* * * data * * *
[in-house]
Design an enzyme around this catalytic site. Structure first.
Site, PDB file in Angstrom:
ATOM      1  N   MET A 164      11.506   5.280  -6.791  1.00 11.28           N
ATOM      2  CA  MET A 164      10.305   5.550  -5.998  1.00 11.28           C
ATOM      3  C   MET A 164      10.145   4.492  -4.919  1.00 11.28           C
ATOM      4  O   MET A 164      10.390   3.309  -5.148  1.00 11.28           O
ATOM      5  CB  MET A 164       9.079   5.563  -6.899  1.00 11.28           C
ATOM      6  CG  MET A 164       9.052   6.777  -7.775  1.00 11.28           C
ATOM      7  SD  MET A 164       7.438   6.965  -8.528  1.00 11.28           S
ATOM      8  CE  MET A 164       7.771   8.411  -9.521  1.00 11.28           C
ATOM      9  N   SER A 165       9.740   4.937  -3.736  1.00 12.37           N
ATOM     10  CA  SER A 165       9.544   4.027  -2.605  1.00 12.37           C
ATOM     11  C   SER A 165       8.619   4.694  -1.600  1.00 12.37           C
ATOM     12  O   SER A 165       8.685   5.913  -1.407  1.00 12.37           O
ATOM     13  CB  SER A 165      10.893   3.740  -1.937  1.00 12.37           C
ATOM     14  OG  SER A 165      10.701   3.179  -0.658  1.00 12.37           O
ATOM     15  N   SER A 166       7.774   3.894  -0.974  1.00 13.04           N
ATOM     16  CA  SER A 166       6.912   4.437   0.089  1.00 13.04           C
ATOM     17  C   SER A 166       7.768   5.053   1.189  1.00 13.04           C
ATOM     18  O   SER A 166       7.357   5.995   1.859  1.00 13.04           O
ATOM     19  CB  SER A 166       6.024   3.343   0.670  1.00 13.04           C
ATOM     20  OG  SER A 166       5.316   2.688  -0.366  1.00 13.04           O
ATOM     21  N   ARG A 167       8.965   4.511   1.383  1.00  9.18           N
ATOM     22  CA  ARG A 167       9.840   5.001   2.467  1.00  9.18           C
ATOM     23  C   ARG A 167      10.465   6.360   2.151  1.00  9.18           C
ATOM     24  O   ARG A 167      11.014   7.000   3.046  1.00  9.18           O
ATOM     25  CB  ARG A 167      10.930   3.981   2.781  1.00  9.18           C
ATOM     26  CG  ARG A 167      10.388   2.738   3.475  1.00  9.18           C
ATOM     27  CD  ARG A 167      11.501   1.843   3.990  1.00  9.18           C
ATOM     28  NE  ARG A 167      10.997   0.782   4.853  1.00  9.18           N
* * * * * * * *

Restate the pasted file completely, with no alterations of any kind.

[in-house]
Design an enzyme around this catalytic site. Structure first.
Site, PDB file in Angstrom:
ATOM      1  N   MET A 164      11.506   5.280  -6.791  1.00 11.28           N
ATOM      2  CA  MET A 164      10.305   5.550  -5.998  1.00 11.28           C
ATOM      3  C   MET A 164      10.145   4.492  -4.919  1.00 11.28           C
ATOM      4  O   MET A 164      10.390   3.309  -5.148  1.00 11.28           O
ATOM      5  CB  MET A 164       9.079   5.563  -6.899  1.00 11.28           C
ATOM      6  CG  MET A 164       9.052   6.777  -7.775  1.00 11.28           C
ATOM      7  SD  MET A 164       7.438   6.965  -8.528  1.00 11.28           S
ATOM      8  CE  MET A 164       7.771   8.411  -9.521  1.00 11.28           C
ATOM      9  N   SER A 165       9.740   4.937  -3.736  1.00 12.37           N
ATOM     10  CA  SER A 165       9.544   4.027  -2.605  1.00 12.37           C
ATOM     11  C   SER A 165       8.619   4.694  -1.600  1.00 12.37           C
ATOM     12  O   SER A 165       8.685   5.913  -1.407  1.00 12.37           O
ATOM     13  CB  SER A 165      10.893   3.740  -1.937  1.00 12.37           C
ATOM     14  OG  SER A 165      10.701   3.179  -0.658  1.00 12.37           O
ATOM     15  N   SER A 166       7.774   3.894  -0.974  1.00 13.04           N
ATOM     16  CA  SER A 166       6.912   4.437   0.089  1.00 13.04           C
ATOM     17  C   SER A 166       7.768   5.053   1.189  1.00 13.04           C
ATOM     18  O   SER A 166       7.357   5.995   1.859  1.00 13.04           O
ATOM     19  CB  SER A 166       6.024   3.343   0.670  1.00 13.04           C
ATOM     20  OG  SER A 166       5.316   2.688  -0.366  1.00 13.04           O
ATOM     21  N   ARG A 167       8.965   4.511   1.383  1.00  9.18           N
ATOM     22  CA  ARG A 167       9.840   5.001   2.467  1.00  9.18           C
ATOM     23  C   ARG A 167      10.465   6.360   2.151  1.00  9.18           C
ATOM     24  O   ARG A 167      11.014   7.000   3.046  1.00  9.18           O
ATOM     25  CB  ARG A 167      10.930   3.981   2.781  1.00  9.18           C
ATOM     26  CG  ARG A 167      10.388   2.738   3.475  1.00  9.18           C
ATOM     27  CD  ARG A 167      11.501   1.843   3.990  1.00  9.18           C
ATOM     28  NE  ARG A 167      10.997   0.782   4.853  1.00  9.18           N